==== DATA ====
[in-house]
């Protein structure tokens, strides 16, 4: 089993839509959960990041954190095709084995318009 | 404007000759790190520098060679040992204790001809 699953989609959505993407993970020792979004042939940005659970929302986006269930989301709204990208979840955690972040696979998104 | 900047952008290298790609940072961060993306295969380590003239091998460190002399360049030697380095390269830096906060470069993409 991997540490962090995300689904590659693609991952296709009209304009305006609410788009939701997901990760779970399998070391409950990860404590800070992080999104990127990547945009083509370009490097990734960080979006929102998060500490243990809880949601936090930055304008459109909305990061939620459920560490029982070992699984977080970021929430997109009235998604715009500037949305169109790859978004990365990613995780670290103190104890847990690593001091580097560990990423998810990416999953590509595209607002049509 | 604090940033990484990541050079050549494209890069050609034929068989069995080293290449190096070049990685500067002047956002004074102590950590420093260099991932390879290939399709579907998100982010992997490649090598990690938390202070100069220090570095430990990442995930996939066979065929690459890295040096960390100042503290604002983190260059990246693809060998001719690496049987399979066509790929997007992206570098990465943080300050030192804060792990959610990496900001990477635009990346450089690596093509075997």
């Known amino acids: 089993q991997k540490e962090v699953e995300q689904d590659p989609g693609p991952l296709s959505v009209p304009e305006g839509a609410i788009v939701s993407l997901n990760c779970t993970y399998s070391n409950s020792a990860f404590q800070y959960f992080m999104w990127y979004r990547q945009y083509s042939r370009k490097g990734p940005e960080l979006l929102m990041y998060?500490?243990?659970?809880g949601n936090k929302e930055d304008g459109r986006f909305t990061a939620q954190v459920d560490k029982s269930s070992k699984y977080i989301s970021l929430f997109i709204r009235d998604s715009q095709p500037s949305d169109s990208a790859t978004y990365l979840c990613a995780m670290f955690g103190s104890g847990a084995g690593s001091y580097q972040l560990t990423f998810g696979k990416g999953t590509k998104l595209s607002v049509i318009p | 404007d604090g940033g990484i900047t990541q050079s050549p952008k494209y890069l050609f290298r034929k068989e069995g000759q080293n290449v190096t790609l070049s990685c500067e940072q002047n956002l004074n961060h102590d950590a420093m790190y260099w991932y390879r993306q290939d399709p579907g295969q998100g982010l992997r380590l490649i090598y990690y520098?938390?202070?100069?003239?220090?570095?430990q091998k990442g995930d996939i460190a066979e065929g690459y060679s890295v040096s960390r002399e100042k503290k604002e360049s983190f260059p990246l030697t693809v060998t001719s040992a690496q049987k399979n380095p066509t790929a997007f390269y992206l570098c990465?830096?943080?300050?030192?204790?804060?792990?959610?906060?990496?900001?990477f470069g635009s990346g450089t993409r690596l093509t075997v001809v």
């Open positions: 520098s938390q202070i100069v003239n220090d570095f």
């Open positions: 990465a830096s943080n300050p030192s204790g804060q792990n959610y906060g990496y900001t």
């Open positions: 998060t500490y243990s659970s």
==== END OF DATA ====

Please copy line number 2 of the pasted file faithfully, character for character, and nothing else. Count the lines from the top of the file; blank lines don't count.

């Protein structure tokens, strides 16, 4: 089993839509959960990041954190095709084995318009 | 404007000759790190520098060679040992204790001809 699953989609959505993407993970020792979004042939940005659970929302986006269930989301709204990208979840955690972040696979998104 | 900047952008290298790609940072961060993306295969380590003239091998460190002399360049030697380095390269830096906060470069993409 991997540490962090995300689904590659693609991952296709009209304009305006609410788009939701997901990760779970399998070391409950990860404590800070992080999104990127990547945009083509370009490097990734960080979006929102998060500490243990809880949601936090930055304008459109909305990061939620459920560490029982070992699984977080970021929430997109009235998604715009500037949305169109790859978004990365990613995780670290103190104890847990690593001091580097560990990423998810990416999953590509595209607002049509 | 604090940033990484990541050079050549494209890069050609034929068989069995080293290449190096070049990685500067002047956002004074102590950590420093260099991932390879290939399709579907998100982010992997490649090598990690938390202070100069220090570095430990990442995930996939066979065929690459890295040096960390100042503290604002983190260059990246693809060998001719690496049987399979066509790929997007992206570098990465943080300050030192804060792990959610990496900001990477635009990346450089690596093509075997």